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community health centers with our partners to ensure those individuals have a chance to take part. certainly, we are very interested in working with nchs as we get into this to be sure the kind of data we collect is going to be generalized for the population. we don't want a set of individuals that are so different than the population at large that we cannot do that generalizing. that will be important to talk about with those experts at n chs. i am pretty excited about this. this is something many of us have dreamed about for more than a decade. we really appreciate the congress's support in getting this started this year and the appreciation for the consideration of expanding it even further next year. >> thank you. looks like my time is expired. >> we will go to my good friend from pennsylvania, mr. dent. >> thank you, mr. chairman.
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thank you for having us at the nih a few weeks ago. really enjoyed that opportunity. i have been very involved in working in the fight against cancer, including encouraging screening for colorectal cancer. you will see a lot of the folks in the hill today. is pursuing a new cancer research to prevent, diagnose and treat. what are some promising areas in cancer research? >> i will turn to my colleague, the acting director of nci, to answer your question. >> as you probably are aware, marchers colorectal cancer awareness month. parts of the vice presidents moonshot initiative involves screening which you are involved in to try to use molecular analysis in fluids for making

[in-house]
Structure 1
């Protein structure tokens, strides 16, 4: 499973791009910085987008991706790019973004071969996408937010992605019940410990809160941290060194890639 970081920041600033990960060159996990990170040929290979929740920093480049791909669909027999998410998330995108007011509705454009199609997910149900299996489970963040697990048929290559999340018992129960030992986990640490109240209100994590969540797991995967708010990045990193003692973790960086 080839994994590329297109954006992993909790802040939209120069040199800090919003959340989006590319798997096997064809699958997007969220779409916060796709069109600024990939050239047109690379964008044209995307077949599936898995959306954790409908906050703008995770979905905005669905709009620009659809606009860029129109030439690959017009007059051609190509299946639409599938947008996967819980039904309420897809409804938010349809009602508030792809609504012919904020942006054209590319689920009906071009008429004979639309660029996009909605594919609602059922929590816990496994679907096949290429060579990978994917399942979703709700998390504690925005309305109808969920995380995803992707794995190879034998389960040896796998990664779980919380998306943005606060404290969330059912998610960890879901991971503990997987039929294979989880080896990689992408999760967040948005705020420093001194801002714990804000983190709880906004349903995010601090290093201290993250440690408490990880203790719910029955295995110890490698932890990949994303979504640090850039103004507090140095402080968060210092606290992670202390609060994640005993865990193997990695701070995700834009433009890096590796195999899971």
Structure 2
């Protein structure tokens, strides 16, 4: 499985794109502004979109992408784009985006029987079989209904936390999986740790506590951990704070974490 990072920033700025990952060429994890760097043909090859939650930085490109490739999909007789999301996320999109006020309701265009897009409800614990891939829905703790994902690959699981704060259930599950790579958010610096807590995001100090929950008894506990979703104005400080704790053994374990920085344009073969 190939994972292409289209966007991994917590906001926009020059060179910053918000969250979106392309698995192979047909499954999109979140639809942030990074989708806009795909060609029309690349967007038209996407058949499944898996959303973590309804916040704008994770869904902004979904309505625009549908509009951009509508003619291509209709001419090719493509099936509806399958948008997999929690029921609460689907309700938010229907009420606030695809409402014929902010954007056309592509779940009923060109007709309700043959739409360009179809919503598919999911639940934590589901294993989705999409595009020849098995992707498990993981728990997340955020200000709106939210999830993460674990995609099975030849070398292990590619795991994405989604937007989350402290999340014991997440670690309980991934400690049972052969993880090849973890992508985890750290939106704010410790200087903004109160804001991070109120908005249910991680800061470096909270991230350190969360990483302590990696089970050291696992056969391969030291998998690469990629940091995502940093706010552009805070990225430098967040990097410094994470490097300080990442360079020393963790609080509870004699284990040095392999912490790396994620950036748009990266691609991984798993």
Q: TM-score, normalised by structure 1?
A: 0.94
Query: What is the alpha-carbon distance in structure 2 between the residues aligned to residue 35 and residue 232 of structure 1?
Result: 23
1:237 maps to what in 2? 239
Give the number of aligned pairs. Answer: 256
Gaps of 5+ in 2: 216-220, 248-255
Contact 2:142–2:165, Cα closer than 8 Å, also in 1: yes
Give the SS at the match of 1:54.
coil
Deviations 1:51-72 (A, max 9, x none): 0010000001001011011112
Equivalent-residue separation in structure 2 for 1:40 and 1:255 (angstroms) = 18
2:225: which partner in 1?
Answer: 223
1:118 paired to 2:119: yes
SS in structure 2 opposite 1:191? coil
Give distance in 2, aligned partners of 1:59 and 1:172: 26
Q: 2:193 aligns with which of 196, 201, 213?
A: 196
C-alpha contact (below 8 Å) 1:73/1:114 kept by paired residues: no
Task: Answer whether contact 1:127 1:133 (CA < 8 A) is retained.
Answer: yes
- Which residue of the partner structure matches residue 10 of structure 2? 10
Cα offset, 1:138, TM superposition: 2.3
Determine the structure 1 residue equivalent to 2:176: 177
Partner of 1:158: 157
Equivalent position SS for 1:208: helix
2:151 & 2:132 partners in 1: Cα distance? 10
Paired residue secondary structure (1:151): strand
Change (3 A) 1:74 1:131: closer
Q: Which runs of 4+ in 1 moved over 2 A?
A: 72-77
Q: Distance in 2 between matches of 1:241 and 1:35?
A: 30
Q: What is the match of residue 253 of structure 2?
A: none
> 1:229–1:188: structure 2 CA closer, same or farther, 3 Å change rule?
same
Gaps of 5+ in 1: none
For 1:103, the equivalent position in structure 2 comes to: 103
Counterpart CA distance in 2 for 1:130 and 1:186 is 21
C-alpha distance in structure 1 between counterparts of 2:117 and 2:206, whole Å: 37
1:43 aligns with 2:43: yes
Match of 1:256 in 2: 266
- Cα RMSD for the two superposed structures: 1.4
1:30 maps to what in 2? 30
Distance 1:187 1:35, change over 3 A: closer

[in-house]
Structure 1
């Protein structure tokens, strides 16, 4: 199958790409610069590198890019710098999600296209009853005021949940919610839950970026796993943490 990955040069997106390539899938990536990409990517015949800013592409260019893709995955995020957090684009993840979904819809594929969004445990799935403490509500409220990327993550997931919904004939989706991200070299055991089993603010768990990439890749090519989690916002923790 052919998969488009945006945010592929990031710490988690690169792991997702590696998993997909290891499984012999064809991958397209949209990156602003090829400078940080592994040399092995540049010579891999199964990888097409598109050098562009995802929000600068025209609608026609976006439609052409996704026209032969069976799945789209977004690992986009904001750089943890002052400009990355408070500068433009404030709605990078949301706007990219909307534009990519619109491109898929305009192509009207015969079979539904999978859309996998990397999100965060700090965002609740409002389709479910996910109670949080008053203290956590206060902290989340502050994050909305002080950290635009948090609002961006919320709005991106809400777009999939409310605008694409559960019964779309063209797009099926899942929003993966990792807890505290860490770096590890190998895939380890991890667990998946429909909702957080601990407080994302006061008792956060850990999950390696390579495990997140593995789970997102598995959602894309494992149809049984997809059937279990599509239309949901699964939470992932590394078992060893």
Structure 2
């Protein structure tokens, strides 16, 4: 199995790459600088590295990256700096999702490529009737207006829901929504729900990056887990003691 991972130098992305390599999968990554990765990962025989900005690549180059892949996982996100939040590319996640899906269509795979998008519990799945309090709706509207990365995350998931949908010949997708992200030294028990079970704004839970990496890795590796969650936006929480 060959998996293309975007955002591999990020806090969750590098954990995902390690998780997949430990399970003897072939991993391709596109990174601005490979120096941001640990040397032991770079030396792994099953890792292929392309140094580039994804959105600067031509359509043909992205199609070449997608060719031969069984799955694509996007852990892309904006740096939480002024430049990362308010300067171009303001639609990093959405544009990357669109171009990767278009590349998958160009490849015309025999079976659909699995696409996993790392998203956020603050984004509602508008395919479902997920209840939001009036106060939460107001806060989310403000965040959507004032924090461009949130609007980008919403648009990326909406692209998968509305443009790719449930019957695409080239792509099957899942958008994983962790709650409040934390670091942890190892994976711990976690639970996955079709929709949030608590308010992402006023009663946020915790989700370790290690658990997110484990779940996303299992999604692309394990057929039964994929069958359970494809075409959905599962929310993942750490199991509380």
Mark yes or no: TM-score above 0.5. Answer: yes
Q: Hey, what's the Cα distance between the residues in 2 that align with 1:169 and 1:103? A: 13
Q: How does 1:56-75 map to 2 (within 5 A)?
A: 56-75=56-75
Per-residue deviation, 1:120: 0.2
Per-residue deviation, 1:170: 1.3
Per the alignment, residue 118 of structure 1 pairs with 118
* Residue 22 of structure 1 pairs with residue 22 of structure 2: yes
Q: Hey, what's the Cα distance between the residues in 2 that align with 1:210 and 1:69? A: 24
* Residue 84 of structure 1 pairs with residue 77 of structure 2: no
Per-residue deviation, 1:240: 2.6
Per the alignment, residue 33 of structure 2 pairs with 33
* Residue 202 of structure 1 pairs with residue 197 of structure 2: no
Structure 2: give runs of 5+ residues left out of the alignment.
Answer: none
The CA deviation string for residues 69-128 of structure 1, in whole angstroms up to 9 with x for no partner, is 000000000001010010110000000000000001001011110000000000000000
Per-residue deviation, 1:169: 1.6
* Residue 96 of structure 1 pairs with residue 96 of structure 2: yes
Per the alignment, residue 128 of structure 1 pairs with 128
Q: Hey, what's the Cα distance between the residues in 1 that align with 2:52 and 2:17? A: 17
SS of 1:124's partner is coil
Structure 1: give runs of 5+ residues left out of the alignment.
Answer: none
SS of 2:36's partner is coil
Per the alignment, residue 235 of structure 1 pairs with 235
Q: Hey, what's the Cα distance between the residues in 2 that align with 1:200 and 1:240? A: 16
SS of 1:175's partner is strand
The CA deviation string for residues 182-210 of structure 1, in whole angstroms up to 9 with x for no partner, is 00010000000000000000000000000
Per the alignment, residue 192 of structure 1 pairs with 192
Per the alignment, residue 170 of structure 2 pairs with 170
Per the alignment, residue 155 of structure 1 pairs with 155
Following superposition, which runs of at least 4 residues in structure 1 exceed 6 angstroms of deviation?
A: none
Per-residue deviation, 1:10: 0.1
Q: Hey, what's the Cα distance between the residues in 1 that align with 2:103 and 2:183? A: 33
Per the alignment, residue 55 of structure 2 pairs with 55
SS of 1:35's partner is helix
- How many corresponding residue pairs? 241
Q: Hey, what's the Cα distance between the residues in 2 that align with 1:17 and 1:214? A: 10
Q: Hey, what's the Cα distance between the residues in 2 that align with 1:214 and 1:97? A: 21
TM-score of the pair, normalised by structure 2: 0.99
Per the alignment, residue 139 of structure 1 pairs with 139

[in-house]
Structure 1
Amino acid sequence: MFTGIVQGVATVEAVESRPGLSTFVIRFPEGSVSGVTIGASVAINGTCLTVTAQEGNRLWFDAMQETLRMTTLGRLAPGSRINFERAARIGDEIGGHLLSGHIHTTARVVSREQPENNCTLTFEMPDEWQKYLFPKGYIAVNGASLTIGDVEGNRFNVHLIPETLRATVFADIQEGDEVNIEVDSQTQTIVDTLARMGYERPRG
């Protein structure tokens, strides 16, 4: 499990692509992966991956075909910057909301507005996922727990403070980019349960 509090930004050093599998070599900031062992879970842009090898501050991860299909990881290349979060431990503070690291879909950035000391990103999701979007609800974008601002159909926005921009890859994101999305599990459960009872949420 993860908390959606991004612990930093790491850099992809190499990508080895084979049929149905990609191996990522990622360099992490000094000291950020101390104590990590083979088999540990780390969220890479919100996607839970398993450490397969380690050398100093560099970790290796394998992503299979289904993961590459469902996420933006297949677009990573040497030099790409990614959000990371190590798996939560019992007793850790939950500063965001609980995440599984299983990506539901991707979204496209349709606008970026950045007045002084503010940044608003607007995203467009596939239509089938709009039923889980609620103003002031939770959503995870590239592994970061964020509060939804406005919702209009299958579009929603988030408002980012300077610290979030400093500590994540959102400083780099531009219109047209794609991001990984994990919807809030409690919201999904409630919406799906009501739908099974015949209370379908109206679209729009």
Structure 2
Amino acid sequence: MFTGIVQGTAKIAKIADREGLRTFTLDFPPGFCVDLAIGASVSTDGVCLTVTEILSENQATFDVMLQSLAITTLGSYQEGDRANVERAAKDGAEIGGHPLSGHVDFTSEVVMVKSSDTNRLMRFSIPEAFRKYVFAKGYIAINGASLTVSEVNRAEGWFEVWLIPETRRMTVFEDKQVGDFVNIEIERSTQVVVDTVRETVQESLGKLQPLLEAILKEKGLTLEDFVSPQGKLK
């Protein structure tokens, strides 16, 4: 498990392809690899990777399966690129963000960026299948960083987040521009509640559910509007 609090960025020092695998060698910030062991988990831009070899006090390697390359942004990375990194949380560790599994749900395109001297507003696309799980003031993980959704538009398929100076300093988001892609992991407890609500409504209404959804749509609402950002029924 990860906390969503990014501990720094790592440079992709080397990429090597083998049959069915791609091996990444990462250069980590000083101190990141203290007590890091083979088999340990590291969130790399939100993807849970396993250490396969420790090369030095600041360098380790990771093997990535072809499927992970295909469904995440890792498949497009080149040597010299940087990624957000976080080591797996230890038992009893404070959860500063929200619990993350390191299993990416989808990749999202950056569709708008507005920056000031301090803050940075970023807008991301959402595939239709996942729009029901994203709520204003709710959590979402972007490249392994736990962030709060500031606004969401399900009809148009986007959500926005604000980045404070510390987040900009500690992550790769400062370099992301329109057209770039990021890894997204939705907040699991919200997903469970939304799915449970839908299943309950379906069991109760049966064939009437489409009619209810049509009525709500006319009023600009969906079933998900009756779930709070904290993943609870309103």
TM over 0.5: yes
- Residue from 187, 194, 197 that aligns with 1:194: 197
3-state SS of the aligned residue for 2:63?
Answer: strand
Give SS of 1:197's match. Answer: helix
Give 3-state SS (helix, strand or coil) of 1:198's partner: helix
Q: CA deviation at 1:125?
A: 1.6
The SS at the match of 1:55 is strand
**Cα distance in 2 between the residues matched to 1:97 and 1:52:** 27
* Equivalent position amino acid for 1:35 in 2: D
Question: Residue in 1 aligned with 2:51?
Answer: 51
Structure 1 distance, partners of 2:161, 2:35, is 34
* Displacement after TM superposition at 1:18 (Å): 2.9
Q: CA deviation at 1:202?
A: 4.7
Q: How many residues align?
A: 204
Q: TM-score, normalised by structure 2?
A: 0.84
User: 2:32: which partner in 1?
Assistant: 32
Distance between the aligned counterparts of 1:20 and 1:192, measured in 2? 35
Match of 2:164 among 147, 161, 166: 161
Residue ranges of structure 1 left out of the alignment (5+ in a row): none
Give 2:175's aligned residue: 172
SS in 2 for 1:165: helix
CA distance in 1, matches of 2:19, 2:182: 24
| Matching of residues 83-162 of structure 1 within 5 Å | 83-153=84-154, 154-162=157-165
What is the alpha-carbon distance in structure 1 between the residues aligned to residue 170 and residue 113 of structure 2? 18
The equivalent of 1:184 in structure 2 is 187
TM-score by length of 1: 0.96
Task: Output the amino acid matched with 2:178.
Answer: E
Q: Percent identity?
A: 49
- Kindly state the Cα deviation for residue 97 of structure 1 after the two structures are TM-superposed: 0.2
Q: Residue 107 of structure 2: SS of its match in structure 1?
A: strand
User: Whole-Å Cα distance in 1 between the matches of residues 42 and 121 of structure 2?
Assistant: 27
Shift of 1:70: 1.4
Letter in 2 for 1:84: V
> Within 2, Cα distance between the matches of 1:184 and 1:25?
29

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this more realistic so that we can have higher uptake of colorectal cancer screening. one of the big problems is that many people don't follow the screening guidelines and it is really important to try to implement what we already know works while we are also doing testsch to develop better and more specific tests. i can report to you that the incidence of ola rector cancel is goingctal cancer down as a result of the screenings we have today. >> also the issue of superbugs. what is the latest information on how nih is working with the cdc in treating and curing these antibiotic resistant bacteria and what investments have been made in these efforts? >> thank you for that question.